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In the News: How Christian is Narnia?

C.S. Lewis
The life, love and influence of the man behind the wardrobe

Aslan Alive: Explore the Deep Magic of Mystical Narnia

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C.S. Lewis's Narnia Chronicles
George S. Yandell

It was just after boys' choir rehearsal at Church of the Ascension, Knoxville, when I was 7 or 8 years old. My friend Mark Potts and I were waiting for our mothers to pick us up. We were going through the kids' section of the church library looking for something to read when Mark grabbed a book from the shelf, held it up and said, "This is the best book I ever read! You have to check it out." (Mark was a grade ahead of me, so his wisdom seemed much more vast than mine- I believed anything he said.) I replied, "Mark, it doesn't have many pictures- I'm not sure I can read it." He urged me on, and thus opened the world of Narnia to me through The Lion, the
Witch and the Wardrobe.

What is it about C. S. Lewis's Narnia Chronicles that captures readers of all ages? Simply, they are intriguing stories, told with Lewis's boyish enthusiasm, and rich with the deep background of ancient myth and legend from many cultures. But more than that, the stories so invite the reader into the characters, the dramas, that it's as if we have passed through the wardrobe with Lucy, then Edmund, Peter and Susan.

In his group biography of C. S. Lewis, J.R.R. Tolkien, Charles Williams and their friends, The Inklings, Humphrey Carpenter writes: "One day in the early spring of 1949, Lewis began to read aloud to Tolkien the beginning of a new book he was writing: 'Once there were four children whose names were Peter, Susan, Edmund and Lucy. This story is about something that happened to them when they were sent away from London during the war because of the air-raids…' Lewis said that the immediate cause of The Lion, the Witch and the Wardrobe was a series of nightmares that he had been having about lions. On a deeper level the story was, he explained, an answer to the question, 'What might Christ be like if there really were a world like Narnia and he chose to be incarnate and die and rise again in that world as he actually has done in ours?"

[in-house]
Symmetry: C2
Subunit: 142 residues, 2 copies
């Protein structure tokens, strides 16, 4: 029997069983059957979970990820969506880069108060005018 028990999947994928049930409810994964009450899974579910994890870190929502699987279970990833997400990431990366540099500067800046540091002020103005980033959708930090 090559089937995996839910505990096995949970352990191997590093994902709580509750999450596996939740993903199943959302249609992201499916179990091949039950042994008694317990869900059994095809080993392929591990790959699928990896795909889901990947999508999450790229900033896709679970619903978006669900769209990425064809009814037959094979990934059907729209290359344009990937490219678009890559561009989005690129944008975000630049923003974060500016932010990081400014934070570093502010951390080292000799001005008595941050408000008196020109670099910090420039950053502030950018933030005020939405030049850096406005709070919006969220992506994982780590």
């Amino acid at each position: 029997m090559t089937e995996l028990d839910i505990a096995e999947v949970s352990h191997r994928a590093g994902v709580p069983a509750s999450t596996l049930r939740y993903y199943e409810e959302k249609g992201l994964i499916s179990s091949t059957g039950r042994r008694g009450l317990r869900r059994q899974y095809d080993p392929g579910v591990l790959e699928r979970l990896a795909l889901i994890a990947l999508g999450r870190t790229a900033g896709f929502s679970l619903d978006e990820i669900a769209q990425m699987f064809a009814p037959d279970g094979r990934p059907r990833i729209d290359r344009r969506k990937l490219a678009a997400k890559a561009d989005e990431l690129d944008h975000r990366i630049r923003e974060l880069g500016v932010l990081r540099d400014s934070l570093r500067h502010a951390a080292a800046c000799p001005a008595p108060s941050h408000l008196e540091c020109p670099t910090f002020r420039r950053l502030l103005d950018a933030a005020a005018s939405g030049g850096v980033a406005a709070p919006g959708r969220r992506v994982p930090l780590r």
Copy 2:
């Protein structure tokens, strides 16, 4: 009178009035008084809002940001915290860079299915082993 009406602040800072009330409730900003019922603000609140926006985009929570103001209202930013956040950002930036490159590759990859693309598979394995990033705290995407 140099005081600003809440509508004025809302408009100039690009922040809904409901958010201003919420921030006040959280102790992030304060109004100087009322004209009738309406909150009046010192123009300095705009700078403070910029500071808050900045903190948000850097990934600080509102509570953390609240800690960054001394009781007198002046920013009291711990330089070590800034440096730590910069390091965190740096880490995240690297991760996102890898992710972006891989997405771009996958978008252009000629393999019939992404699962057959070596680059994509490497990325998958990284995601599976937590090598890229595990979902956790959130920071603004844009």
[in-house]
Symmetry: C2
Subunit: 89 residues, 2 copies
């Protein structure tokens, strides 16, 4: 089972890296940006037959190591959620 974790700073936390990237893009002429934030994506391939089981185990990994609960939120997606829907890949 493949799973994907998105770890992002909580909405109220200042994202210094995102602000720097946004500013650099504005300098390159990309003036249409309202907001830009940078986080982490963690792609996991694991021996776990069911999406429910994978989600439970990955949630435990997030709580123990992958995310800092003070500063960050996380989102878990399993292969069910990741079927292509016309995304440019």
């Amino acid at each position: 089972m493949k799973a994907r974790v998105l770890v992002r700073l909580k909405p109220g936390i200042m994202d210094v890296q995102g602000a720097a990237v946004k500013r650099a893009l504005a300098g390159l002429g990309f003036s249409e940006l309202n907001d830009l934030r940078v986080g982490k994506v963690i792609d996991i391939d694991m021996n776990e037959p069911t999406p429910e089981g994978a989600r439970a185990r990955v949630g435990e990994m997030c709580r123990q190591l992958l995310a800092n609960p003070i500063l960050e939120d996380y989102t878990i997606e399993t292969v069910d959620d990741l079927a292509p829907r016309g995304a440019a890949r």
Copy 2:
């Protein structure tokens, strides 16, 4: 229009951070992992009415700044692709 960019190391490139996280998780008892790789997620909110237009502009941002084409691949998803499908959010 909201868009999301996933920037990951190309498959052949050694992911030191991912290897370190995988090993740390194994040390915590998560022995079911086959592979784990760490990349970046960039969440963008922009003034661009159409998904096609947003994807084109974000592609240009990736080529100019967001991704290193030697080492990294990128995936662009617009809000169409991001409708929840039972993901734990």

Carpenter continues, "The fact that the Narnia stories are 'about' Christianity does not mean they are allegorical. The characters exist in their own right and are not merely allegorical types. The events of the Christian story are reimagined rather than allegorized, and the reader is left free, as he never is with allegory, to interpret in whatever fashion he pleases. The stories are therefore entirely in keeping with Lewis's and Tolkein's shared belief that Story (especially of the mythical type) can in itself give nourishment without imparting abstract meaning."

Surprisingly, however, Tolkein discounted the Narnia series, saying he 'disliked it intensely.' Tolkein said The Lion, the Witch and the Wardrobe was written too hastily, and that Lewis didn't go into creating the background of Narnia with proper seriousness. "Tolkein thought the story borrowed so indiscriminately from other mythologies and narratives (fauns, nymphs, Father Christmas, talking animals) that for Tolkein, the suspension of disbelief, the entering into a secondary world, was simply impossible. It just wouldn't do, and he turned his back on it."

Thankfully, Lewis finished spinning his tales, even in the face of his good friend's criticism. Since the publication of The Last Battle in the mid-60's, generations of young people and adults have entered Narnia and been nourished by the timeless story Lewis told. I suspect he has predisposed many seekers to find Christ in this world.

Calvary Episcopal Church
Memphis, Tennessee
November 10, 2002
Volume 47, No. 38



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